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-   -   What defines a collegue as "unethical'? (http://www.behavior.net/bolforums/showthread.php?t=80)

Darabe015 July 26th, 2004 06:49 AM

What defines a collegue as "unethical'?
 
The question really is more like this: How do you know the difference between what is an ethics issue, a moral issue or just a plain lack of integrity issue...regarding behaviors/choices of a collegue that are at least questionable? AND, what is the standard approach to a situation like this? This is a delicate issue and I appreciate your response. Thankyou!

(I will provide more information if necessary, but this is my first post and I want to be sure I am not stepping outside the rules here! Let me know! :) )

loftus75 July 26th, 2004 09:06 AM

Re: What defines a collegue as "unethical'?
 
[quote=Darabe015]The question really is more like this: How do you know the difference between what is an ethics issue, a moral issue or just a plain lack of integrity issue...regarding behaviors/choices of a collegue that are at least questionable? AND, what is the standard approach to a situation like this? This is a delicate issue and I appreciate your response. Thankyou!

It seems to me you can divide the answer down logically.

Morality is a cultural and ideological issue, what one culture may see as morally void would be seen by another as acceptable. It is a social construct.

Ethics, tend to be more localised, that is set by people connected to, or with an interest in, the ethical subject. For example, Medical staff are usually guided by a code of conduct generated by persons either connected to, or with an interest in, medical issues.

Integrity is related to deception and honesty. This concept is fairly universal.

All of these can interrelate. To this extent it may be moral to deceive someone if the intention is to protect. For instance I may lie to save my family from harm and would be morally justified in doing so even though I may be deceiving someone. However like all social constructs much is dependant on context and circumstances, and some might even argue history.

Much is also based on our personal values. If we are liberal of mind we may find a moral issue less weighted than if we were connected to a fundamentalist religion.

So asking the question, how do you know the difference between these terms and values, will be dependent on who you are, where you are and why you have developed this view.........it could take a book or two to answer that:) Equally I believe I can safely say that there is no algorithm or universal set of rules people apply to these issues other than to say follow what you believe to be right. It is my personal view you should not damage the accused in the process of making your accusation, or at the very least should minimise the damage., For instance claiming a person to be a child abuser without substantial evidence can have long term ramifications on that person even though there may be no truth in the allegation to begin with.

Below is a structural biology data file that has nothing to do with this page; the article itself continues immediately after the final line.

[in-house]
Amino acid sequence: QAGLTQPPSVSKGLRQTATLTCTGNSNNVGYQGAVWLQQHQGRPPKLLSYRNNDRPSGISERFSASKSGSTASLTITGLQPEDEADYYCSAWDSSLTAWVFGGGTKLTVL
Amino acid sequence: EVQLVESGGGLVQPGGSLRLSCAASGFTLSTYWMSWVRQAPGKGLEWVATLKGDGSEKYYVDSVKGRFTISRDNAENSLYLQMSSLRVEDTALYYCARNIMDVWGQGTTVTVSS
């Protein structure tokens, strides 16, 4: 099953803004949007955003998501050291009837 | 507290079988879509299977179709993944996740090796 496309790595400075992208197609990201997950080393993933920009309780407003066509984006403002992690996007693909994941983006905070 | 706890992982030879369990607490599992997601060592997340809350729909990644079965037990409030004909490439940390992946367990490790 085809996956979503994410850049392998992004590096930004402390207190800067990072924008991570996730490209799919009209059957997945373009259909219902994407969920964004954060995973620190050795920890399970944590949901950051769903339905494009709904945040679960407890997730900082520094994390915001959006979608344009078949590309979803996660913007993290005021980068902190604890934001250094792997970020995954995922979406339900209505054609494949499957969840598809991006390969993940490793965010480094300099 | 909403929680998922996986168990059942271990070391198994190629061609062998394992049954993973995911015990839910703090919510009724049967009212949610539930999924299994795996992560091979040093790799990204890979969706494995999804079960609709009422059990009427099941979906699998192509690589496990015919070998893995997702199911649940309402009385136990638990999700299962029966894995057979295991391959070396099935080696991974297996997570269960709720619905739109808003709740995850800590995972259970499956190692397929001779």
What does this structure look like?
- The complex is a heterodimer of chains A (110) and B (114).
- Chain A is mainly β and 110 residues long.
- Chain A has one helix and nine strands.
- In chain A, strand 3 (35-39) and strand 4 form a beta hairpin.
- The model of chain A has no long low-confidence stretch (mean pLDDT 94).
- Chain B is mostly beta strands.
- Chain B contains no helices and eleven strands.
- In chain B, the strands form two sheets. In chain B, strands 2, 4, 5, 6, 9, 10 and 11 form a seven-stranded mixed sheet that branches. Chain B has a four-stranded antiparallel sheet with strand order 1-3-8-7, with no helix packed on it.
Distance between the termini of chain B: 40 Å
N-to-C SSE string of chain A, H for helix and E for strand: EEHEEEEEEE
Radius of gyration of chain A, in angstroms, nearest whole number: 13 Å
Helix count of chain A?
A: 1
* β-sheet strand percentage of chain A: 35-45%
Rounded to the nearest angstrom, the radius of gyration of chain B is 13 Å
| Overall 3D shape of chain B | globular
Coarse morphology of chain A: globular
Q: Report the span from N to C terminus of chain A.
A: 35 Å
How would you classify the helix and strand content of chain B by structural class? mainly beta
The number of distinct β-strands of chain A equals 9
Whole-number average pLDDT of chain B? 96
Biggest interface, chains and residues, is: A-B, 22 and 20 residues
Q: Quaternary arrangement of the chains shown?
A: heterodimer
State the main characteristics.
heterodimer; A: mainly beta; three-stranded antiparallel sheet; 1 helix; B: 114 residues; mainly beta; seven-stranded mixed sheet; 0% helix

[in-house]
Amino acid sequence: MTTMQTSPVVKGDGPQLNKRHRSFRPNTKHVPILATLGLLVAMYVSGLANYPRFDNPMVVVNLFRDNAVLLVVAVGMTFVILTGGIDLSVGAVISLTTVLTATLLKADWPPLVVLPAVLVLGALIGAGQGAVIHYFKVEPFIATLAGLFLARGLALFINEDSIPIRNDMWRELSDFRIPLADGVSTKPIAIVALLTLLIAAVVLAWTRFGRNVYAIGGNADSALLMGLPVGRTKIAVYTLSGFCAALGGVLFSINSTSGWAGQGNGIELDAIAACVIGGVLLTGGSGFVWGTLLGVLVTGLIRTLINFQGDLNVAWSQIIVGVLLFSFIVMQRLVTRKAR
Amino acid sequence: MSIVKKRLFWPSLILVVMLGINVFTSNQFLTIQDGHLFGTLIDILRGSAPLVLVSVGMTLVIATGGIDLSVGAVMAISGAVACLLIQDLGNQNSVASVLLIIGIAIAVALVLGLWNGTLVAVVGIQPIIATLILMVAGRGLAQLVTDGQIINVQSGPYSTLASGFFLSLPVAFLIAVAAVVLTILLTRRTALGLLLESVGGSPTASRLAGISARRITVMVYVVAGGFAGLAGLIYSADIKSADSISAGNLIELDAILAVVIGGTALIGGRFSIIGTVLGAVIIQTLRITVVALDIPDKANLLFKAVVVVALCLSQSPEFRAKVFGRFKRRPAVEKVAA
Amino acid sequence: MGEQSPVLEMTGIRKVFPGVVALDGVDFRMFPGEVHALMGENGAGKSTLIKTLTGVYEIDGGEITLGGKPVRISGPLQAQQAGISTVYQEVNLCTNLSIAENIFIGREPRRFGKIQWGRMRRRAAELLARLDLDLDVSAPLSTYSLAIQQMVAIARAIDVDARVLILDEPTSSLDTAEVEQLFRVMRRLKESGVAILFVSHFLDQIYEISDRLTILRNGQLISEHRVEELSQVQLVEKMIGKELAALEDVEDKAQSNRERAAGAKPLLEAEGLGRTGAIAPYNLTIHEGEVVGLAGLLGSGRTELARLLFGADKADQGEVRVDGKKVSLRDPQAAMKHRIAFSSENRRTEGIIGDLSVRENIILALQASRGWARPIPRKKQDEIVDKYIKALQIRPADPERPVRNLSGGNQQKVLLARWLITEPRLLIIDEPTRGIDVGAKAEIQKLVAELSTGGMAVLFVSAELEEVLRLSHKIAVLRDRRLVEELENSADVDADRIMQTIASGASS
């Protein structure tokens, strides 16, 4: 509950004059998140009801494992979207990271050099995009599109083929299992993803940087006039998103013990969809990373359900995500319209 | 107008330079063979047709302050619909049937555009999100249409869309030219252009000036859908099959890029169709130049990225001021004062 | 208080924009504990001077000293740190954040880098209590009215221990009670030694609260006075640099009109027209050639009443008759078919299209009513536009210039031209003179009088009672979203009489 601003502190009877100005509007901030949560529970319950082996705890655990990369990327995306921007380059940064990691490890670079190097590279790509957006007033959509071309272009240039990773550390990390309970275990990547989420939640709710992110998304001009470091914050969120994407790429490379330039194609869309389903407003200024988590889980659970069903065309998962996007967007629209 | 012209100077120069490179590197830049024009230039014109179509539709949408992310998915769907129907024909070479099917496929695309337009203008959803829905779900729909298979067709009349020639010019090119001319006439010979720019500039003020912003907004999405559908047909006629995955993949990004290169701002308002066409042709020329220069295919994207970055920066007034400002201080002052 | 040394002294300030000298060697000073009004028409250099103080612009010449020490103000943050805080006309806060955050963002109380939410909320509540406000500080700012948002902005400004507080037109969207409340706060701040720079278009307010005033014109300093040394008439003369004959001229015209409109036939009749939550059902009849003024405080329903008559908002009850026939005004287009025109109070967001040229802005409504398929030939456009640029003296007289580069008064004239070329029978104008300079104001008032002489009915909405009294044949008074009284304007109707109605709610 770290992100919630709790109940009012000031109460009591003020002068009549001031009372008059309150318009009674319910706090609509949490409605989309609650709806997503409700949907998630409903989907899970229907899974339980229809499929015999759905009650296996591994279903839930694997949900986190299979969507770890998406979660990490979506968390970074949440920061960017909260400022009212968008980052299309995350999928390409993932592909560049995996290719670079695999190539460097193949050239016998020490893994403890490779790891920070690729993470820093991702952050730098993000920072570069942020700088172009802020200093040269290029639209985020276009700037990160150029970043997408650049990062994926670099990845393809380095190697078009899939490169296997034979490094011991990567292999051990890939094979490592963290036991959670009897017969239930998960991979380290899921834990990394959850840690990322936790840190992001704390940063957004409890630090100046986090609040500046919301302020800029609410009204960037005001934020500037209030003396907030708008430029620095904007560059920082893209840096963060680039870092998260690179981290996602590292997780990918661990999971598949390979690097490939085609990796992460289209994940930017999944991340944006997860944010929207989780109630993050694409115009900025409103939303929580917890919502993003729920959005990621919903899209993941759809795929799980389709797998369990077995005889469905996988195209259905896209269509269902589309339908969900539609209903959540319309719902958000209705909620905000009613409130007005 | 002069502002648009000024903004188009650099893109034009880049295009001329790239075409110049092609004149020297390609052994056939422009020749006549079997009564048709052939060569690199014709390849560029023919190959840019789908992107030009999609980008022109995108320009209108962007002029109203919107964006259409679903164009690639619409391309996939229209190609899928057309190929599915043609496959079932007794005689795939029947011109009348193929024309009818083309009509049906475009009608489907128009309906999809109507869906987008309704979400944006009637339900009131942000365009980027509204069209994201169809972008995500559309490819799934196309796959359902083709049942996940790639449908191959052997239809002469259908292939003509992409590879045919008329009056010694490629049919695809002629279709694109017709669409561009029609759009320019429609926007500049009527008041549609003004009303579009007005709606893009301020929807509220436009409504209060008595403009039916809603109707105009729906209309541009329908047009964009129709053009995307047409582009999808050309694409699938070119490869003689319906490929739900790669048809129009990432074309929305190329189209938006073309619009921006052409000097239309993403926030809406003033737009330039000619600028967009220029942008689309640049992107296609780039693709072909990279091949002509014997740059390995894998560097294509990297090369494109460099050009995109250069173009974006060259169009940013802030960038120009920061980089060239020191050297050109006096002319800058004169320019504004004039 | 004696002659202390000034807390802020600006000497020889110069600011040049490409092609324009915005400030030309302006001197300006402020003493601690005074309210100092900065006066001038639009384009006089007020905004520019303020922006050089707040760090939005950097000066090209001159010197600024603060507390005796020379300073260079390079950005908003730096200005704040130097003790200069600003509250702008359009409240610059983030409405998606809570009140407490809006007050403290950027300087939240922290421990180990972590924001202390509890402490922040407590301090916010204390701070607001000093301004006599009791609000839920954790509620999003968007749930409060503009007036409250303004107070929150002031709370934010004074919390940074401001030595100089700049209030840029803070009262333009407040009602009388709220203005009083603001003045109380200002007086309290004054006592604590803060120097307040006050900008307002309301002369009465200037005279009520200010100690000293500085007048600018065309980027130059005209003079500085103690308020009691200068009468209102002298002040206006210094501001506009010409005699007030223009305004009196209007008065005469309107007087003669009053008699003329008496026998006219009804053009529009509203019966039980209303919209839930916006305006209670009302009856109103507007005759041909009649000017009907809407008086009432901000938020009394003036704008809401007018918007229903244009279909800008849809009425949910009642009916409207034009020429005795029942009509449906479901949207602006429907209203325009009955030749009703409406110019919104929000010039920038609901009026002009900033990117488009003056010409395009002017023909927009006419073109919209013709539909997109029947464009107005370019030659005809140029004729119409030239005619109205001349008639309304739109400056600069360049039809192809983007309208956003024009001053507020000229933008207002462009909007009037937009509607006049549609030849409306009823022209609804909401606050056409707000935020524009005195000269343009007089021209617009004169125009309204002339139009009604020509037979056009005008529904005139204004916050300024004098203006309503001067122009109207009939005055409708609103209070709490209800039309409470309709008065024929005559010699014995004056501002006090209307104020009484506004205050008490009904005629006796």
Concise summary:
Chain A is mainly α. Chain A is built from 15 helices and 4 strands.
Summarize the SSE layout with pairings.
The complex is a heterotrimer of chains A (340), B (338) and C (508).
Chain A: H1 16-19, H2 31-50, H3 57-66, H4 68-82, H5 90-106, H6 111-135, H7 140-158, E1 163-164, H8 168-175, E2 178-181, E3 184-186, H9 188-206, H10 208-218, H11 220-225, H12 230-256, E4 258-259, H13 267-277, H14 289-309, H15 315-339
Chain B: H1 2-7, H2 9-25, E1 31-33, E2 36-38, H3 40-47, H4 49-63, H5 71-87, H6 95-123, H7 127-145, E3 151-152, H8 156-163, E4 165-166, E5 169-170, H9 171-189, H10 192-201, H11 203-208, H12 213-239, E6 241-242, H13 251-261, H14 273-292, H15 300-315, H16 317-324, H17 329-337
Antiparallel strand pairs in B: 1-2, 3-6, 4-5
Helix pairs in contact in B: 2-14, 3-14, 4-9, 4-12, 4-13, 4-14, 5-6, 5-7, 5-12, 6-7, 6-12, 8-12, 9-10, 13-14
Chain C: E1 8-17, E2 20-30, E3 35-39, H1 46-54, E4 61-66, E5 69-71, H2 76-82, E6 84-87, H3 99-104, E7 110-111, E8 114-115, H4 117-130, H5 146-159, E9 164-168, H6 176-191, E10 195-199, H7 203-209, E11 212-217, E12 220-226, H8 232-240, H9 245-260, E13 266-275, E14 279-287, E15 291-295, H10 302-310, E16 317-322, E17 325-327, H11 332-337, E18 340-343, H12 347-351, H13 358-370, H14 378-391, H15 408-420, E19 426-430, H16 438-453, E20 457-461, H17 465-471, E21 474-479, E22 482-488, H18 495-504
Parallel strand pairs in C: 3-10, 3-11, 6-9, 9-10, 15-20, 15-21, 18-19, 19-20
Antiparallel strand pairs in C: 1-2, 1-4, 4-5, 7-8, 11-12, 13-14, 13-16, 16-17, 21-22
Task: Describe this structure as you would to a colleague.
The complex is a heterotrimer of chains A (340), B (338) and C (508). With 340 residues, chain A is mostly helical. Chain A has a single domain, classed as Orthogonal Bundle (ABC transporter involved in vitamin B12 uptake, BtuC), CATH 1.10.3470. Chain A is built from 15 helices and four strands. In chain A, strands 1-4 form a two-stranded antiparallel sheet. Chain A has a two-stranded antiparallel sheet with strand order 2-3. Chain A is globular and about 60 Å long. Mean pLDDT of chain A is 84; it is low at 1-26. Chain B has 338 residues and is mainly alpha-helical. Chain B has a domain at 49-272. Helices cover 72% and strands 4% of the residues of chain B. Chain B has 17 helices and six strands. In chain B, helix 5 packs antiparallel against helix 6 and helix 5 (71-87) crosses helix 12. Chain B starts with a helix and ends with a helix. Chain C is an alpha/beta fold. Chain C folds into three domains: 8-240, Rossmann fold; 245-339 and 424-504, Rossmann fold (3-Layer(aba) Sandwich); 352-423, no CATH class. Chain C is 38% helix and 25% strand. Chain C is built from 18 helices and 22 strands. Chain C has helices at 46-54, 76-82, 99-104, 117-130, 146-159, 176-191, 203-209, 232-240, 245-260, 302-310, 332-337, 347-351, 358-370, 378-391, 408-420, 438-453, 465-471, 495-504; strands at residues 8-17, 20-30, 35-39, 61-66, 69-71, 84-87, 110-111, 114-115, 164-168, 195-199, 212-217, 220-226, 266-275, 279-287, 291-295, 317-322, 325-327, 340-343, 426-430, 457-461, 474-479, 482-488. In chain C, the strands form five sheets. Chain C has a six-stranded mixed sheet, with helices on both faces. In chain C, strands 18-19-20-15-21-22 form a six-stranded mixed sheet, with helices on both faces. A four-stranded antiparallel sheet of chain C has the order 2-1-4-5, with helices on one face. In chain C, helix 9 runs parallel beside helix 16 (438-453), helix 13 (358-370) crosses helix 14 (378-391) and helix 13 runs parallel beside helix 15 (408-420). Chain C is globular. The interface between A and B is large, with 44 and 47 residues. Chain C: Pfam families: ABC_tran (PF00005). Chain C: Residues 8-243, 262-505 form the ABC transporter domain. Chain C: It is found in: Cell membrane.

William Reid July 26th, 2004 11:03 AM

Re: What defines a collegue as "unethical'?
 
I like that answer, Loftus75. I might add three points that are sometimes overlooked by people reporting or concerned about professional ethics.

1. For purposes of any kind of enforcement, the ethical guidelines of organizations (such as the APA [both of them], NASW, AMA, or state professional organizations) are limited to members of those organizations, and the enforcement parameters are limited to what the organization can do to the member (e.g., kick him or her out of the organization). Ethics are not laws, and licensed clinicians who don't belong to a professional organization are not, by definition, bound by the organization's ethical guidelines (except perhaps morally).

2. In general, state licensing of clinicians is completely separate from membership in professional organizations. Thus lots of physicians who have completed psychiatry residencies and practice psychiatry are not members of the APA. (The same principle applies to other clincial professiona.) Those people may be quite ethical (or may not), but the professional organization has no "jurisdiction" over them when it comes to ethics complaints.

3. Sometimes state laws or licensing rules adopt some of the ethical guidelines of professional organizations. In those cases, everyone with a license is bound by the law, but that's because it's the law, not because it's an "ethics" matter.

Finally, just as ethics are not directly a legal/licensing concept, they are not necessarily part of malpractice law. The big exception is that "malpractice" is closely related to whether or not a clinician's practices are consistent with the "standard of care" for similar clinicians. Unethical behavior may well suggest a practice outside/below the standard.

WHR


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